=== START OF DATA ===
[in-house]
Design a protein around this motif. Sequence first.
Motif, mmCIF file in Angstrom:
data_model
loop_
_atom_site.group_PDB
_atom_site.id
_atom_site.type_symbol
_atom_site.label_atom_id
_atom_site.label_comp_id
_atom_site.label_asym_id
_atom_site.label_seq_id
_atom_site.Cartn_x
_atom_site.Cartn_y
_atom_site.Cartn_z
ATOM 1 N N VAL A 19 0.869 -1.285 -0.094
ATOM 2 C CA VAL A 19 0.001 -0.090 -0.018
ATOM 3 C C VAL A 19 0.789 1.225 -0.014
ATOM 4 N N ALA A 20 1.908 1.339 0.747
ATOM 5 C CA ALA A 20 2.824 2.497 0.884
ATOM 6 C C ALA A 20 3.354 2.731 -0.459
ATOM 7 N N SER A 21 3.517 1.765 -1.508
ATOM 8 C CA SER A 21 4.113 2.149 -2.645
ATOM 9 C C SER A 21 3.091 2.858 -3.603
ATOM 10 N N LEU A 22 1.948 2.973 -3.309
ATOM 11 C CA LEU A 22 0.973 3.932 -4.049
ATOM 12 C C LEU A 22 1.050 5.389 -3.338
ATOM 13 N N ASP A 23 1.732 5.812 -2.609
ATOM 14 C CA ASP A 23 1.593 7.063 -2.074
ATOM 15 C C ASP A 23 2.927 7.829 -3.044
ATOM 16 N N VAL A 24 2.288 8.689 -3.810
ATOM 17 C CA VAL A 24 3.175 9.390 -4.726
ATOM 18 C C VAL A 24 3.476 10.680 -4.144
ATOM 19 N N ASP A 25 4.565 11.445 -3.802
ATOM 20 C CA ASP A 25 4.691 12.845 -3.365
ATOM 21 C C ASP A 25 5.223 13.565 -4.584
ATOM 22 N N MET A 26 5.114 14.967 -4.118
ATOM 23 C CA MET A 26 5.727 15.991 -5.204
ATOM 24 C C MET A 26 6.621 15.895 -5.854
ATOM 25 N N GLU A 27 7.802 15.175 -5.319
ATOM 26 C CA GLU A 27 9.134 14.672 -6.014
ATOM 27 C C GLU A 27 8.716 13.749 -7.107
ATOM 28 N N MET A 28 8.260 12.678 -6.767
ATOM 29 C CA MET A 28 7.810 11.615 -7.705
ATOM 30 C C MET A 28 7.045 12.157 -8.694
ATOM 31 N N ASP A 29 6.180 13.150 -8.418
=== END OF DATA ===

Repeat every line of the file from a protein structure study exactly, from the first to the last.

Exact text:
[in-house]
Design a protein around this motif. Sequence first.
Motif, mmCIF file in Angstrom:
data_model
loop_
_atom_site.group_PDB
_atom_site.id
_atom_site.type_symbol
_atom_site.label_atom_id
_atom_site.label_comp_id
_atom_site.label_asym_id
_atom_site.label_seq_id
_atom_site.Cartn_x
_atom_site.Cartn_y
_atom_site.Cartn_z
ATOM 1 N N VAL A 19 0.869 -1.285 -0.094
ATOM 2 C CA VAL A 19 0.001 -0.090 -0.018
ATOM 3 C C VAL A 19 0.789 1.225 -0.014
ATOM 4 N N ALA A 20 1.908 1.339 0.747
ATOM 5 C CA ALA A 20 2.824 2.497 0.884
ATOM 6 C C ALA A 20 3.354 2.731 -0.459
ATOM 7 N N SER A 21 3.517 1.765 -1.508
ATOM 8 C CA SER A 21 4.113 2.149 -2.645
ATOM 9 C C SER A 21 3.091 2.858 -3.603
ATOM 10 N N LEU A 22 1.948 2.973 -3.309
ATOM 11 C CA LEU A 22 0.973 3.932 -4.049
ATOM 12 C C LEU A 22 1.050 5.389 -3.338
ATOM 13 N N ASP A 23 1.732 5.812 -2.609
ATOM 14 C CA ASP A 23 1.593 7.063 -2.074
ATOM 15 C C ASP A 23 2.927 7.829 -3.044
ATOM 16 N N VAL A 24 2.288 8.689 -3.810
ATOM 17 C CA VAL A 24 3.175 9.390 -4.726
ATOM 18 C C VAL A 24 3.476 10.680 -4.144
ATOM 19 N N ASP A 25 4.565 11.445 -3.802
ATOM 20 C CA ASP A 25 4.691 12.845 -3.365
ATOM 21 C C ASP A 25 5.223 13.565 -4.584
ATOM 22 N N MET A 26 5.114 14.967 -4.118
ATOM 23 C CA MET A 26 5.727 15.991 -5.204
ATOM 24 C C MET A 26 6.621 15.895 -5.854
ATOM 25 N N GLU A 27 7.802 15.175 -5.319
ATOM 26 C CA GLU A 27 9.134 14.672 -6.014
ATOM 27 C C GLU A 27 8.716 13.749 -7.107
ATOM 28 N N MET A 28 8.260 12.678 -6.767
ATOM 29 C CA MET A 28 7.810 11.615 -7.705
ATOM 30 C C MET A 28 7.045 12.157 -8.694
ATOM 31 N N ASP A 29 6.180 13.150 -8.418